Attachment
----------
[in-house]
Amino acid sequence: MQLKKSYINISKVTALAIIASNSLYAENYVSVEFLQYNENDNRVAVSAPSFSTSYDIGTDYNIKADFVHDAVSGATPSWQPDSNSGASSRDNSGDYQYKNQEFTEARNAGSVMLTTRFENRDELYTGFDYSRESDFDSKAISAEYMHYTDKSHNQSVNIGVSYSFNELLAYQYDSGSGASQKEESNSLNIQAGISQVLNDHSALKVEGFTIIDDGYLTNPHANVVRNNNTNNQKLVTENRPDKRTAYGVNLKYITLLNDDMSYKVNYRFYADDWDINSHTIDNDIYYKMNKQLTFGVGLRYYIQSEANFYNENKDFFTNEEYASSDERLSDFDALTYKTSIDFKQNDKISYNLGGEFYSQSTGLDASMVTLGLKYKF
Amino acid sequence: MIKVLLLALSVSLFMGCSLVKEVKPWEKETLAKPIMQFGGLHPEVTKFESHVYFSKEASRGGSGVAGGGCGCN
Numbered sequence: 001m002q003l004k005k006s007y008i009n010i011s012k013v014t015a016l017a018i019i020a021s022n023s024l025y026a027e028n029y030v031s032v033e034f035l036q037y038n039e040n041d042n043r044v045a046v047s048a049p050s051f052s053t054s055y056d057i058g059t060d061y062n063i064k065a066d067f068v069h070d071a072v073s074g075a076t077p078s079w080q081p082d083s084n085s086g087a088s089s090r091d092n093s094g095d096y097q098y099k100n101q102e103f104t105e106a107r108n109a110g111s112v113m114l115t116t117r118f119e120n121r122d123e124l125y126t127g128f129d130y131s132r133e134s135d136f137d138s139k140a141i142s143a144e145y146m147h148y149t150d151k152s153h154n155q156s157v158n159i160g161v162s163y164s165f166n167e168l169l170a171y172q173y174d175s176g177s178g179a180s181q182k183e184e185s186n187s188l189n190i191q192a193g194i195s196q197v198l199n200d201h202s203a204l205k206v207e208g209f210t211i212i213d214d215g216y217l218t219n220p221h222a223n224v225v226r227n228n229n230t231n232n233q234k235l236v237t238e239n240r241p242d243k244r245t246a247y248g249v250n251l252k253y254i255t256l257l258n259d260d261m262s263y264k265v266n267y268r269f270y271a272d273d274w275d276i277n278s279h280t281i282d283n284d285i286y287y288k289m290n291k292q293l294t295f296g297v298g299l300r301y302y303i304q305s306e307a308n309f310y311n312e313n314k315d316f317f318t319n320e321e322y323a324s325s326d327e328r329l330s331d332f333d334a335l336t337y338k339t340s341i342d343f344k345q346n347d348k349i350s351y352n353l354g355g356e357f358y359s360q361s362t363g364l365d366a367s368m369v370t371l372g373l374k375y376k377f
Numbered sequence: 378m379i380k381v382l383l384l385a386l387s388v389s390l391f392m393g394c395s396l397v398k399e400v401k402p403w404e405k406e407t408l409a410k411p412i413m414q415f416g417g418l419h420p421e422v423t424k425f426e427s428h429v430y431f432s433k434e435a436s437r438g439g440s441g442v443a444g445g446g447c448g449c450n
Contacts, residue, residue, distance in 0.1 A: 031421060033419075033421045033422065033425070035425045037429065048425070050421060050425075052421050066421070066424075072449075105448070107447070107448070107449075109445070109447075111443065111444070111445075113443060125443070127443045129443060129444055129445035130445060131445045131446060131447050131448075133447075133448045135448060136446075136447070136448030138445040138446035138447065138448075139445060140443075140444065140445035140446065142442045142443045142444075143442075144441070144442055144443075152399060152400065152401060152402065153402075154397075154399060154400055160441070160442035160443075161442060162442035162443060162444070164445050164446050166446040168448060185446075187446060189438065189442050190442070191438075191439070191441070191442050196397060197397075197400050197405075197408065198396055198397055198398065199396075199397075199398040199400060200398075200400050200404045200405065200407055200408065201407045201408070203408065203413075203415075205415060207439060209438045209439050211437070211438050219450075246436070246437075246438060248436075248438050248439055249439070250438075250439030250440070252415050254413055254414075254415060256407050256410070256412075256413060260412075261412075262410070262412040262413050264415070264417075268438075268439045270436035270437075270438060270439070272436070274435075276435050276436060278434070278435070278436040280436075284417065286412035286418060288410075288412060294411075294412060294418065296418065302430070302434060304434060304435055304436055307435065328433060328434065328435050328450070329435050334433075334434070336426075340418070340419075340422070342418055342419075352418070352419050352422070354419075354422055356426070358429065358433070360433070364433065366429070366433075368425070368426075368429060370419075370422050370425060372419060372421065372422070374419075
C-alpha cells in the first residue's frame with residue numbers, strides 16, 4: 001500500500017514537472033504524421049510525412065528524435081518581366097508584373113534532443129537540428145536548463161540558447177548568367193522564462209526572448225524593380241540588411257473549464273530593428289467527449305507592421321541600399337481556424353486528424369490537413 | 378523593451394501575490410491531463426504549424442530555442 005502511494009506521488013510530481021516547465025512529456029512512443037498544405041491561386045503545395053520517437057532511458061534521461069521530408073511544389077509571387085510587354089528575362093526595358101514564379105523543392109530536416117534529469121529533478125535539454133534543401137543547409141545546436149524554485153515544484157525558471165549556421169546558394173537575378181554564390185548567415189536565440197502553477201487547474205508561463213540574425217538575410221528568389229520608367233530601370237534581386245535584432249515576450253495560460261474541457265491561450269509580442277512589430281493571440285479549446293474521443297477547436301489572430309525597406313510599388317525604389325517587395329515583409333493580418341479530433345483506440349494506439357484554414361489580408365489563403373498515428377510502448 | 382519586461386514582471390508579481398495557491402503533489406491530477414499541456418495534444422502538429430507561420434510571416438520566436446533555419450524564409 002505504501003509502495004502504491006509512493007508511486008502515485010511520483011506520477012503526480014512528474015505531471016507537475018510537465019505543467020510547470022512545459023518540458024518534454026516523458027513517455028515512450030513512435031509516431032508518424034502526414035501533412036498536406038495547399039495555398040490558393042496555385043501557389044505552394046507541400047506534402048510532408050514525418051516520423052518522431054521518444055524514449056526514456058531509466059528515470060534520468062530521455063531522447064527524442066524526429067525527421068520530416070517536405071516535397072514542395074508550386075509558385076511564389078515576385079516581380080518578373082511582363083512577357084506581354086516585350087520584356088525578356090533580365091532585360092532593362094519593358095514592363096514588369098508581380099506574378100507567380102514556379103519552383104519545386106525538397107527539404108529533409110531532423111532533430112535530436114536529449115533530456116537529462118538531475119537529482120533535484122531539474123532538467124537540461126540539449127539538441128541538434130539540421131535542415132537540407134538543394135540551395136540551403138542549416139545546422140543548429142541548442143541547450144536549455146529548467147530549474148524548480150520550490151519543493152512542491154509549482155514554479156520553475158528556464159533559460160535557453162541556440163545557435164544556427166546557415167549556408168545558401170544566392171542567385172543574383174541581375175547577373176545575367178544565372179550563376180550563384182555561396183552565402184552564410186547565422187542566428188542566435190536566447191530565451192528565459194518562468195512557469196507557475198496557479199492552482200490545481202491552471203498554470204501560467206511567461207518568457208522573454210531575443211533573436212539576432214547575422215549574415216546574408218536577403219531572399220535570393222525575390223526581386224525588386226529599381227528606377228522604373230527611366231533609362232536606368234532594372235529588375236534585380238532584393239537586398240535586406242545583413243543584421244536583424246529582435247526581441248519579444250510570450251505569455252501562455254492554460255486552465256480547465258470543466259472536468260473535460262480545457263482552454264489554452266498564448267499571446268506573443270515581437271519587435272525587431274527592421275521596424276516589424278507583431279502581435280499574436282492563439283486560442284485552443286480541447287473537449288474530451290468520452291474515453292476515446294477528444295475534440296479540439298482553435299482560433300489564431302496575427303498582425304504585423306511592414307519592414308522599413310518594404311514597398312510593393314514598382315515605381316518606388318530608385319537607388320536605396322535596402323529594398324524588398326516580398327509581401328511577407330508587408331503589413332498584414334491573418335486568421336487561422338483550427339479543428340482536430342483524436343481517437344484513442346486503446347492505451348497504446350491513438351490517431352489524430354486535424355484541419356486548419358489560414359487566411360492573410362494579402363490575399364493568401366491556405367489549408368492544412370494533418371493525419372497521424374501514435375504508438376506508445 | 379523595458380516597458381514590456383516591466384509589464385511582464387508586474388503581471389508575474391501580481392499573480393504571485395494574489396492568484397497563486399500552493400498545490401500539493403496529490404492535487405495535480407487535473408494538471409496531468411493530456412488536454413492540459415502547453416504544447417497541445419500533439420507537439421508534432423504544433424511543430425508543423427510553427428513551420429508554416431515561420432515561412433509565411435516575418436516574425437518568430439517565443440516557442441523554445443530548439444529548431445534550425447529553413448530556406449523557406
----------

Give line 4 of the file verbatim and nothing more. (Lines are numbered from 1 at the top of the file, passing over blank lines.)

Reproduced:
Numbered sequence: 001m002q003l004k005k006s007y008i009n010i011s012k013v014t015a016l017a018i019i020a021s022n023s024l025y026a027e028n029y030v031s032v033e034f035l036q037y038n039e040n041d042n043r044v045a046v047s048a049p050s051f052s053t054s055y056d057i058g059t060d061y062n063i064k065a066d067f068v069h070d071a072v073s074g075a076t077p078s079w080q081p082d083s084n085s086g087a088s089s090r091d092n093s094g095d096y097q098y099k100n101q102e103f104t105e106a107r108n109a110g111s112v113m114l115t116t117r118f119e120n121r122d123e124l125y126t127g128f129d130y131s132r133e134s135d136f137d138s139k140a141i142s143a144e145y146m147h148y149t150d151k152s153h154n155q156s157v158n159i160g161v162s163y164s165f166n167e168l169l170a171y172q173y174d175s176g177s178g179a180s181q182k183e184e185s186n187s188l189n190i191q192a193g194i195s196q197v198l199n200d201h202s203a204l205k206v207e208g209f210t211i212i213d214d215g216y217l218t219n220p221h222a223n224v225v226r227n228n229n230t231n232n233q234k235l236v237t238e239n240r241p242d243k244r245t246a247y248g249v250n251l252k253y254i255t256l257l258n259d260d261m262s263y264k265v266n267y268r269f270y271a272d273d274w275d276i277n278s279h280t281i282d283n284d285i286y287y288k289m290n291k292q293l294t295f296g297v298g299l300r301y302y303i304q305s306e307a308n309f310y311n312e313n314k315d316f317f318t319n320e321e322y323a324s325s326d327e328r329l330s331d332f333d334a335l336t337y338k339t340s341i342d343f344k345q346n347d348k349i350s351y352n353l354g355g356e357f358y359s360q361s362t363g364l365d366a367s368m369v370t371l372g373l374k375y376k377f